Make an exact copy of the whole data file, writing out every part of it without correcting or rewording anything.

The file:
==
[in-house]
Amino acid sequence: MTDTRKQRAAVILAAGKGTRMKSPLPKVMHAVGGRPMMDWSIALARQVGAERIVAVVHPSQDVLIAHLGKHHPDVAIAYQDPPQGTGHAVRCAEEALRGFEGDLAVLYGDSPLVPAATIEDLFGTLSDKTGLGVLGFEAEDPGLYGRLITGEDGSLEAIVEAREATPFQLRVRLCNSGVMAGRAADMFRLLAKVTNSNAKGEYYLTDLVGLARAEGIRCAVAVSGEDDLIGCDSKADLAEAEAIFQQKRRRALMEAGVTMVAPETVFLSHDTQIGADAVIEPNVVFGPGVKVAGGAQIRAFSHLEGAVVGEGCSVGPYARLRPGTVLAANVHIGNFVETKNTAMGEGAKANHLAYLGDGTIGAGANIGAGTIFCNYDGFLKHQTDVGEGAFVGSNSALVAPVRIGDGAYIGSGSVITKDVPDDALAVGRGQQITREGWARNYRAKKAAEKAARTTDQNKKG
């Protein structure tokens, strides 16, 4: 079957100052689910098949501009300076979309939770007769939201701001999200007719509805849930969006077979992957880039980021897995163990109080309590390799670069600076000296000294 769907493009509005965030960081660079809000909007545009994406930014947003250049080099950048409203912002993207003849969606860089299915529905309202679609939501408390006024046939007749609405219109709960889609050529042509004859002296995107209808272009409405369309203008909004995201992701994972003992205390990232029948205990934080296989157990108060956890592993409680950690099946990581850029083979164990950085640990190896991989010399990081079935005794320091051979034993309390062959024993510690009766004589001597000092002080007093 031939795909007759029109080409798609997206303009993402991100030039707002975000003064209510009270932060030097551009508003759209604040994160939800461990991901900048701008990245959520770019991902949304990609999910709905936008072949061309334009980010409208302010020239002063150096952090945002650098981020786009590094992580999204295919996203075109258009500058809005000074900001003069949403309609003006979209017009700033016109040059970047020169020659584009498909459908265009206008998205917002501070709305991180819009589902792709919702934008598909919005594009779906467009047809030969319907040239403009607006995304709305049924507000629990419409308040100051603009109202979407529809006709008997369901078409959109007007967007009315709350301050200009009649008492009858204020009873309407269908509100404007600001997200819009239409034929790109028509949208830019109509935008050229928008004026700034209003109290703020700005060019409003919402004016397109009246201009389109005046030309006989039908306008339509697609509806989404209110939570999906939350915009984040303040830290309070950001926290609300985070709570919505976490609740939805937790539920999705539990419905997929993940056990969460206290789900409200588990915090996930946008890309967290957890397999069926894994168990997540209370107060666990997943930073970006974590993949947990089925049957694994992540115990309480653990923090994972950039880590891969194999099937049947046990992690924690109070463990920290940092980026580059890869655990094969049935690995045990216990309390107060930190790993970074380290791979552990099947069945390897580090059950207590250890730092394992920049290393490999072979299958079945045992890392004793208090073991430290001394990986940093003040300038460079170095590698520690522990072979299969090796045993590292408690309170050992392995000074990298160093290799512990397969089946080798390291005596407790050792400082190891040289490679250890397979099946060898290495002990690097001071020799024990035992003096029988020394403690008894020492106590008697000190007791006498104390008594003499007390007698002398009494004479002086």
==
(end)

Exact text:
[in-house]
Amino acid sequence: MTDTRKQRAAVILAAGKGTRMKSPLPKVMHAVGGRPMMDWSIALARQVGAERIVAVVHPSQDVLIAHLGKHHPDVAIAYQDPPQGTGHAVRCAEEALRGFEGDLAVLYGDSPLVPAATIEDLFGTLSDKTGLGVLGFEAEDPGLYGRLITGEDGSLEAIVEAREATPFQLRVRLCNSGVMAGRAADMFRLLAKVTNSNAKGEYYLTDLVGLARAEGIRCAVAVSGEDDLIGCDSKADLAEAEAIFQQKRRRALMEAGVTMVAPETVFLSHDTQIGADAVIEPNVVFGPGVKVAGGAQIRAFSHLEGAVVGEGCSVGPYARLRPGTVLAANVHIGNFVETKNTAMGEGAKANHLAYLGDGTIGAGANIGAGTIFCNYDGFLKHQTDVGEGAFVGSNSALVAPVRIGDGAYIGSGSVITKDVPDDALAVGRGQQITREGWARNYRAKKAAEKAARTTDQNKKG
């Protein structure tokens, strides 16, 4: 079957100052689910098949501009300076979309939770007769939201701001999200007719509805849930969006077979992957880039980021897995163990109080309590390799670069600076000296000294 769907493009509005965030960081660079809000909007545009994406930014947003250049080099950048409203912002993207003849969606860089299915529905309202679609939501408390006024046939007749609405219109709960889609050529042509004859002296995107209808272009409405369309203008909004995201992701994972003992205390990232029948205990934080296989157990108060956890592993409680950690099946990581850029083979164990950085640990190896991989010399990081079935005794320091051979034993309390062959024993510690009766004589001597000092002080007093 031939795909007759029109080409798609997206303009993402991100030039707002975000003064209510009270932060030097551009508003759209604040994160939800461990991901900048701008990245959520770019991902949304990609999910709905936008072949061309334009980010409208302010020239002063150096952090945002650098981020786009590094992580999204295919996203075109258009500058809005000074900001003069949403309609003006979209017009700033016109040059970047020169020659584009498909459908265009206008998205917002501070709305991180819009589902792709919702934008598909919005594009779906467009047809030969319907040239403009607006995304709305049924507000629990419409308040100051603009109202979407529809006709008997369901078409959109007007967007009315709350301050200009009649008492009858204020009873309407269908509100404007600001997200819009239409034929790109028509949208830019109509935008050229928008004026700034209003109290703020700005060019409003919402004016397109009246201009389109005046030309006989039908306008339509697609509806989404209110939570999906939350915009984040303040830290309070950001926290609300985070709570919505976490609740939805937790539920999705539990419905997929993940056990969460206290789900409200588990915090996930946008890309967290957890397999069926894994168990997540209370107060666990997943930073970006974590993949947990089925049957694994992540115990309480653990923090994972950039880590891969194999099937049947046990992690924690109070463990920290940092980026580059890869655990094969049935690995045990216990309390107060930190790993970074380290791979552990099947069945390897580090059950207590250890730092394992920049290393490999072979299958079945045992890392004793208090073991430290001394990986940093003040300038460079170095590698520690522990072979299969090796045993590292408690309170050992392995000074990298160093290799512990397969089946080798390291005596407790050792400082190891040289490679250890397979099946060898290495002990690097001071020799024990035992003096029988020394403690008894020492106590008697000190007791006498104390008594003499007390007698002398009494004479002086």